In Saturday’s show the various groups were playing without an audience and in a socially distanced format. The same was true of the livestreams of the festival gigs I was able to watch. What really impressed me was that a movement nourished by the spontaneity and feedback of an intimate live setting proved able to flourish in a completely different environment. If they were being set a test, they passed it en bloc, with distinction.
The BBC4 programme is available now on iPlayer. Some of the livestreams from the festival are also free to watch, like the Charlie Parker centenary tribute from Church of Sound in Hackney, featuring Gary Crosby’s Groundation, with Nathaniel Facey on alto, Shirley Tetteh on guitar, Hamish Moore on bass and Moses Boyd on drums: a quicksilver set of Bird tunes and originals. Facey’s own quartet, completed by two of his fellow members of Empirical, the drummer Shaney Forbes and the bassist Tom Farmer, and the guitarist Dave Preston, were captured at the Green Note in Camden Town, letting air and light into knotty themes by the leader and the guitarist. And at Total Refreshment Centre the impressive young trumpeter/singer Emma-Jean Thackray led her quintet — Lyle Barton on keyboards, Matt Gedrych on bass guitar, Dougal Taylor on drums and Crispin Robinson on percussion — through a wholly absorbing, convincing and thoroughly contemporary investigation of the moods suggested by Bitches Brew 50 years ago.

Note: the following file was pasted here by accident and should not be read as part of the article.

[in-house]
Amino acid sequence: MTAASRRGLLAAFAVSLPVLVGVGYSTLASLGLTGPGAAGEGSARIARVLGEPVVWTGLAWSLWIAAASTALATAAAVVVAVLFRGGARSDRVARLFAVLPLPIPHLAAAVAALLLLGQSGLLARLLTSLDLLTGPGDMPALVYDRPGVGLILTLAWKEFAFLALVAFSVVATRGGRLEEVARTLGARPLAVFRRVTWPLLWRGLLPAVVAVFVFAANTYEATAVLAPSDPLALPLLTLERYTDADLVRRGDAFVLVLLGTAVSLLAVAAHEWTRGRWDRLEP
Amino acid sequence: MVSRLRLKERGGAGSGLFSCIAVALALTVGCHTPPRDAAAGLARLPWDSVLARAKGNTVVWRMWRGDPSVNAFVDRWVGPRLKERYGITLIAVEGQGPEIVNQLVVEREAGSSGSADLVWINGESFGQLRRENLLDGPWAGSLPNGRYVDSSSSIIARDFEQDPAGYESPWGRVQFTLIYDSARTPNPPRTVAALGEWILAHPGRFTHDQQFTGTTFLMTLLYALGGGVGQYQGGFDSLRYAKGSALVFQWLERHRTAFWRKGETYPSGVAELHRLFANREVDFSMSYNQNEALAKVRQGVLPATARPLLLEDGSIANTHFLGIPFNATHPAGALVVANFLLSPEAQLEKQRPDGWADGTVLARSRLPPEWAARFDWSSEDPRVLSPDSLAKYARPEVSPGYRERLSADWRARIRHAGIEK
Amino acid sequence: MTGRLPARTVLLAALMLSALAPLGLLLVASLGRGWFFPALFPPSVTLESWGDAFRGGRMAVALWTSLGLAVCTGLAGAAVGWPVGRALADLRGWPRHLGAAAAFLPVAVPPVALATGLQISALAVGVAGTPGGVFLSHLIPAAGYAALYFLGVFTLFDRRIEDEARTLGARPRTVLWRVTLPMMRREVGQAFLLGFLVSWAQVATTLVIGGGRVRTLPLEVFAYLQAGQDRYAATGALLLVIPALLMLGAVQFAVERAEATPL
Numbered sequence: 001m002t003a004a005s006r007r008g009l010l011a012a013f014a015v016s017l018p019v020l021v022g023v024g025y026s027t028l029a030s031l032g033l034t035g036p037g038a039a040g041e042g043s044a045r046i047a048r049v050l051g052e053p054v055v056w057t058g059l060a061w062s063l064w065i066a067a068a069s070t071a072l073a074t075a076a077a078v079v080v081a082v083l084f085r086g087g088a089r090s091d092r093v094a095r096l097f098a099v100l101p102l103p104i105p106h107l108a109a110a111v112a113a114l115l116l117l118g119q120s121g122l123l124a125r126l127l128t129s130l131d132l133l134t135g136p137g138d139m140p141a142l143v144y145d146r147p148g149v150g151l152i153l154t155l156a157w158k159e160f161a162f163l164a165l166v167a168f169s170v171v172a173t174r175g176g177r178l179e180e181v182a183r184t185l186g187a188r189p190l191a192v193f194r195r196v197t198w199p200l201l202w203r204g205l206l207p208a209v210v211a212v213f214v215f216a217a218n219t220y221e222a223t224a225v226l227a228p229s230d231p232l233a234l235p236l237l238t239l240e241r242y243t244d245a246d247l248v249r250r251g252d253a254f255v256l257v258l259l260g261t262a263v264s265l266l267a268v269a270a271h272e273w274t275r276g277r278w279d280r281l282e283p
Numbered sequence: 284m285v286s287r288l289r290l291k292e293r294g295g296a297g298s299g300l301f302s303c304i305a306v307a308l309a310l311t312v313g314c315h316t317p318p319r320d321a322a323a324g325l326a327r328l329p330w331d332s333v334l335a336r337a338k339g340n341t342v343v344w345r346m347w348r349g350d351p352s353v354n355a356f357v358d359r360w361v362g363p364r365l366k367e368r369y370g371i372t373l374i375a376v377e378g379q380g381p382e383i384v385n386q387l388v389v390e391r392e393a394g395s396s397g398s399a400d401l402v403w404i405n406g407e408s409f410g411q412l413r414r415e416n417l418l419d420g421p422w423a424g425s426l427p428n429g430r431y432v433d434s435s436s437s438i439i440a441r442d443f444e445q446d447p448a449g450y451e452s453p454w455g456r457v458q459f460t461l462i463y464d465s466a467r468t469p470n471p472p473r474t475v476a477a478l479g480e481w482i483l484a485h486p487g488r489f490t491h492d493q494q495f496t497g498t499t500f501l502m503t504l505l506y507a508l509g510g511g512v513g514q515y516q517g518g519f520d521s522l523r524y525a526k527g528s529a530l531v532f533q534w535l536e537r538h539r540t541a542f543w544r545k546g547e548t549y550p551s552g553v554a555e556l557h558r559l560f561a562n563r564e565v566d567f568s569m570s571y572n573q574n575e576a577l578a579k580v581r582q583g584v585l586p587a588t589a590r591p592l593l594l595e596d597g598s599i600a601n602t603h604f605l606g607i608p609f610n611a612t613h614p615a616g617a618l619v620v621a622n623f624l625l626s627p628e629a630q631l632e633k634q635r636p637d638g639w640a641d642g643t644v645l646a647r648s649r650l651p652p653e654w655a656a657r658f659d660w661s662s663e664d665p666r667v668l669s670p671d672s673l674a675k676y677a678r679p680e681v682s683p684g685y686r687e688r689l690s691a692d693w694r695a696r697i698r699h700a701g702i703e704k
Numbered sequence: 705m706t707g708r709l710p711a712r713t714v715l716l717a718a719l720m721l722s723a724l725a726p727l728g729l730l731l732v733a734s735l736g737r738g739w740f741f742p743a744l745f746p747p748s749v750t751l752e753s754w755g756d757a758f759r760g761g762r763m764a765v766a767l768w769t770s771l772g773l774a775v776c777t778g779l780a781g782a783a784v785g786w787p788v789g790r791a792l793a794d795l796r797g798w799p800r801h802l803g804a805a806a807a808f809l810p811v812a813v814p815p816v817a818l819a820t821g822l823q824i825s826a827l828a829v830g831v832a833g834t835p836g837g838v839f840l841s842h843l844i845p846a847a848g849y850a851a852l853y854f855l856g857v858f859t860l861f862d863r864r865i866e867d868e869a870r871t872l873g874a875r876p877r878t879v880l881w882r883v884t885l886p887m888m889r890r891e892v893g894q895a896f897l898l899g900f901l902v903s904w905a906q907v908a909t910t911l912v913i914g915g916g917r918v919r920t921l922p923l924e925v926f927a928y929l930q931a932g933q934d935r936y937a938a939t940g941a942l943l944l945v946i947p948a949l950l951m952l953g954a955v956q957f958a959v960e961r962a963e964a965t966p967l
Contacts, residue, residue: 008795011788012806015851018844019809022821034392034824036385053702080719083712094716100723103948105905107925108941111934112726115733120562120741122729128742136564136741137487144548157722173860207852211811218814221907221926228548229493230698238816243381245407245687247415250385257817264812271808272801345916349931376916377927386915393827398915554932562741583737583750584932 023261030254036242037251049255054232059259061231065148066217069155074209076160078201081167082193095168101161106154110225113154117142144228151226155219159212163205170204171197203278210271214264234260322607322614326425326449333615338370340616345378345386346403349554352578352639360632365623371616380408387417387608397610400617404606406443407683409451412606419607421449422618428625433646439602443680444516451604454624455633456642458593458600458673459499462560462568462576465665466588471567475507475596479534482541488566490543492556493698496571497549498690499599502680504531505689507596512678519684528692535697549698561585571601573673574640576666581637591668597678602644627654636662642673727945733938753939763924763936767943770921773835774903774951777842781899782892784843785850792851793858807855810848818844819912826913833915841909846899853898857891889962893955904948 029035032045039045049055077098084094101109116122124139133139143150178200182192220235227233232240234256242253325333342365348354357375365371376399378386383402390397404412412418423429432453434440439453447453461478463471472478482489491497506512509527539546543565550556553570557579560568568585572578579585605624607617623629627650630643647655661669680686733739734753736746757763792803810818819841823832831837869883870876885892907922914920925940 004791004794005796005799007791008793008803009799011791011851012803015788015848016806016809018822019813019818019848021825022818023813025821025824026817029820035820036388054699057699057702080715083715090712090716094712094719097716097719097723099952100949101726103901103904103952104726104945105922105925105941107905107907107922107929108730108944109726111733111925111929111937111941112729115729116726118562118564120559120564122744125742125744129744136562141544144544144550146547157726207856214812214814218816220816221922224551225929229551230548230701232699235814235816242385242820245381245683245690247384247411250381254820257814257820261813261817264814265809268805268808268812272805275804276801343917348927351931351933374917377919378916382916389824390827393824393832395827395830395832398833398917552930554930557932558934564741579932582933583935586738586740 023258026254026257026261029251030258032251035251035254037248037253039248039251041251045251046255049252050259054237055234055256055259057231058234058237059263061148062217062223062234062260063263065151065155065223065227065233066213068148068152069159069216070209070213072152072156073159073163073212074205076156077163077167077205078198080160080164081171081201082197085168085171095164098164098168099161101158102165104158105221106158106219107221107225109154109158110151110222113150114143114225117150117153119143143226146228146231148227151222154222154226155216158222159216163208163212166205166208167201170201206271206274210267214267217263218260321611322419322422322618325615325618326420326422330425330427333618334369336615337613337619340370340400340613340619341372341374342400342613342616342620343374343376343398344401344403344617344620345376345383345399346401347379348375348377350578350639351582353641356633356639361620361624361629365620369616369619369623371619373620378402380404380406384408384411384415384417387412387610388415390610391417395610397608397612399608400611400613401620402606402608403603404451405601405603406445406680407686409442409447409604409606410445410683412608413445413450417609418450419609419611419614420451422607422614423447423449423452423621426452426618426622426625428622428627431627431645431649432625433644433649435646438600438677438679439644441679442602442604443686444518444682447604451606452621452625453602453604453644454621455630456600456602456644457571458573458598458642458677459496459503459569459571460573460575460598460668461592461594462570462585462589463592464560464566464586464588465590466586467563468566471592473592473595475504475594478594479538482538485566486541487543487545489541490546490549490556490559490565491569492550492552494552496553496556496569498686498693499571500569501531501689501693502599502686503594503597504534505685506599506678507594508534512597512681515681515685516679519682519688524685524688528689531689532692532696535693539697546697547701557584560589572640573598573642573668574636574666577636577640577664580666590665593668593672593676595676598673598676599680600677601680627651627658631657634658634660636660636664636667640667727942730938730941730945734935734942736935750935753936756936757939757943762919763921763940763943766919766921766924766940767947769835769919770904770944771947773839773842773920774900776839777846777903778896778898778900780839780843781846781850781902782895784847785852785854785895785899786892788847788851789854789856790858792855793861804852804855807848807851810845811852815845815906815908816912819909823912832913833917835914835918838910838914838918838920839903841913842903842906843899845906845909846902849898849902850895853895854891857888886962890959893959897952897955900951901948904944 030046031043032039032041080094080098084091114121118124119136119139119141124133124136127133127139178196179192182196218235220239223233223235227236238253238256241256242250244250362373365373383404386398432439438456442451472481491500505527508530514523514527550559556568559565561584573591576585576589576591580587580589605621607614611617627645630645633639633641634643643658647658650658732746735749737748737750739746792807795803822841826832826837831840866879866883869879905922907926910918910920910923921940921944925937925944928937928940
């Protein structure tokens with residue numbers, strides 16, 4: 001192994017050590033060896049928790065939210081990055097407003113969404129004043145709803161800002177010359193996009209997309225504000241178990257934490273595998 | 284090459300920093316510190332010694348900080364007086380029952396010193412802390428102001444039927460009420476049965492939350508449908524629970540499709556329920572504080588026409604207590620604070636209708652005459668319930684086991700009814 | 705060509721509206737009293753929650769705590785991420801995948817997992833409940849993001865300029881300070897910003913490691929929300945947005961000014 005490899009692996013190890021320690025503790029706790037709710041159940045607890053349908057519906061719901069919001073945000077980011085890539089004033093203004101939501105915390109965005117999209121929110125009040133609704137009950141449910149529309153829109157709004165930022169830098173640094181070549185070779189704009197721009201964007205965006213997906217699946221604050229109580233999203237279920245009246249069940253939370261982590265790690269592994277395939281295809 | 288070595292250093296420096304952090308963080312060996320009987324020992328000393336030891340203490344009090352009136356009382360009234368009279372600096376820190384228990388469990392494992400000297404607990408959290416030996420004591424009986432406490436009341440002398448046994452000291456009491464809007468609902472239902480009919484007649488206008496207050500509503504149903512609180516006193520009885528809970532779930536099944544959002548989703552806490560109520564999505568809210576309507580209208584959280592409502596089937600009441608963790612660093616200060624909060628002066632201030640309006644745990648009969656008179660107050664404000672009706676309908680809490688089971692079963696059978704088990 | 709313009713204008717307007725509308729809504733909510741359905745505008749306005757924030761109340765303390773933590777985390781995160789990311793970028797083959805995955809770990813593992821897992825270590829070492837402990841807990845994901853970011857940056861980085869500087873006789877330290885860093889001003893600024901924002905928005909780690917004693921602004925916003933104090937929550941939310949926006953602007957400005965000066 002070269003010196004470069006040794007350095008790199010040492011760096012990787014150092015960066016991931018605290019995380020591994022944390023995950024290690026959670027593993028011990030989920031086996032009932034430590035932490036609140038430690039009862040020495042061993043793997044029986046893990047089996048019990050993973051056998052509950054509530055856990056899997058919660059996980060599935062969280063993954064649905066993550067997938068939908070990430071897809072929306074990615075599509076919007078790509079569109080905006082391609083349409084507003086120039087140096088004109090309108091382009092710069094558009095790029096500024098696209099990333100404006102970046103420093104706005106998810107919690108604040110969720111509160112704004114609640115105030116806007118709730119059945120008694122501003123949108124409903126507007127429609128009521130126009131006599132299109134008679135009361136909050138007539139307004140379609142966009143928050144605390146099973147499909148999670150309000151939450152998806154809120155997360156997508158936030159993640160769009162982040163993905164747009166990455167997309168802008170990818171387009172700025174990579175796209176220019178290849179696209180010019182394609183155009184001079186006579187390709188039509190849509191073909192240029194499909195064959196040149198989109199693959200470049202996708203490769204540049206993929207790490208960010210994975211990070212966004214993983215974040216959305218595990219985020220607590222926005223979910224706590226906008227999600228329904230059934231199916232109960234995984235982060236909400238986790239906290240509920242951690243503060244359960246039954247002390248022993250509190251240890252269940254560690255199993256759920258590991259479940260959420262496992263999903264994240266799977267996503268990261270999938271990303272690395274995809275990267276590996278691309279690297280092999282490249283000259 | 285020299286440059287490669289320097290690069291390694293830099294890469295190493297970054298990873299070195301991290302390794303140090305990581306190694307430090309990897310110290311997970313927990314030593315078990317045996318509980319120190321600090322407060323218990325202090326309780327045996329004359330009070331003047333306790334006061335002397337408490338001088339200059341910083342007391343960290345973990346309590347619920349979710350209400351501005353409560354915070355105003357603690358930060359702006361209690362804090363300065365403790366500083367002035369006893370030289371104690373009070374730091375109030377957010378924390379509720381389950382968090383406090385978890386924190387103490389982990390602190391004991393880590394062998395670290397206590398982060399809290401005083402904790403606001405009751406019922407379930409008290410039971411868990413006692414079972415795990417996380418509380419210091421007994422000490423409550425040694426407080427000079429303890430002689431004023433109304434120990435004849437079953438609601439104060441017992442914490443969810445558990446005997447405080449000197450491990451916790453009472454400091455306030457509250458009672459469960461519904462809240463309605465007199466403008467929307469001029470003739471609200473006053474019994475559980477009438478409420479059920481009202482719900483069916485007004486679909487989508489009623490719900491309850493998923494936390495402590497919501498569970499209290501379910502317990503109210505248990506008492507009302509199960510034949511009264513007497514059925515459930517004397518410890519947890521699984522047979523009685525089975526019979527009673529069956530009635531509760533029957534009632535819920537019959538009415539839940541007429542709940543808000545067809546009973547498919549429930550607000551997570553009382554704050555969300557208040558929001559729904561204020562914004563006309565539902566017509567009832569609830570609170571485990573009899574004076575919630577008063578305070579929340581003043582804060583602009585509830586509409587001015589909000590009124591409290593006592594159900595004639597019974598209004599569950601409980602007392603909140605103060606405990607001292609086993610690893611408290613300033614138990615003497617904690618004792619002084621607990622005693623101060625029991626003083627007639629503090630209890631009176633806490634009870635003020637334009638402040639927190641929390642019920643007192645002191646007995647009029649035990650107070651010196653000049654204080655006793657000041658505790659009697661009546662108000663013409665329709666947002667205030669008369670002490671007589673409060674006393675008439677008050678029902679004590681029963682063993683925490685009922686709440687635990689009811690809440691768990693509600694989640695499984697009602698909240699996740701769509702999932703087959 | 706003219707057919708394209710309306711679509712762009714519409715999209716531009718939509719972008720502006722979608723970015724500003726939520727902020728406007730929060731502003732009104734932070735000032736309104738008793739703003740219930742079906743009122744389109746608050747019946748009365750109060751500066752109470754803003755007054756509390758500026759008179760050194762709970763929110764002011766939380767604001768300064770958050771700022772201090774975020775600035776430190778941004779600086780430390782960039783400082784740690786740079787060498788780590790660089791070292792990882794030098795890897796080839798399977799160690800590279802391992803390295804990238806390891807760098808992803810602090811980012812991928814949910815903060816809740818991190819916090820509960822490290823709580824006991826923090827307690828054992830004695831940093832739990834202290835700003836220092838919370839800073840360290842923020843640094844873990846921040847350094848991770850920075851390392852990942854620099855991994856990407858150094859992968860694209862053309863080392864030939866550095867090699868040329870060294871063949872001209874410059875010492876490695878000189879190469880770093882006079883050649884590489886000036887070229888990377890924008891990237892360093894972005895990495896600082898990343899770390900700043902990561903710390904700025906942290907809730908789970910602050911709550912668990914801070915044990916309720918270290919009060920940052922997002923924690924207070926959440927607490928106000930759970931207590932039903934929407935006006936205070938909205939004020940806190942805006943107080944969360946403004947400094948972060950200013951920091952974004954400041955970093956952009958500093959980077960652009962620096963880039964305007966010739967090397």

Tickets were £12.50 to livestream Cassie Kinoshi’s SEED Ensemble and their guests performing an 80th birthday tribute to Pharoah Sanders at the Barbican, and that’s what it’ll cost you to catch up with it via the Barbican’s website. I can only urge everyone do make the investment, since Kinoshi presents an hour of music of the highest quality, carefully devised and packed with all the best qualities of the new London scene.
The core SEED line-up — Kinoshi (alto), Sheila Maurice-Grey and Jack Banjo-Courtney (trumpets), Joe Bristow (trombone), Hannah Mbuya (tuba), Chelsea Carmichael (tenor, flute), Shirley Tetteh (guitar), Rio Kai (bass) and Patrick Boyle (drums) — kicked off with the ever-hypnotic riff of “Upper and Lower Egypt” before being joined by the clarinet of Shabaka Hutchings (on a beautifully flighted “Astral Travelling”), the pianist Ashley Henry (a heartfelt “Greeting to Saud”), the percussionist Yahael Camara-Onono (“Elevation”) and the singer Richie Seivwright (“Love Is Everywhere”). The horn arrangements were perfect, the rhythm section subtle and skilful, each of the soloists offering something of substance.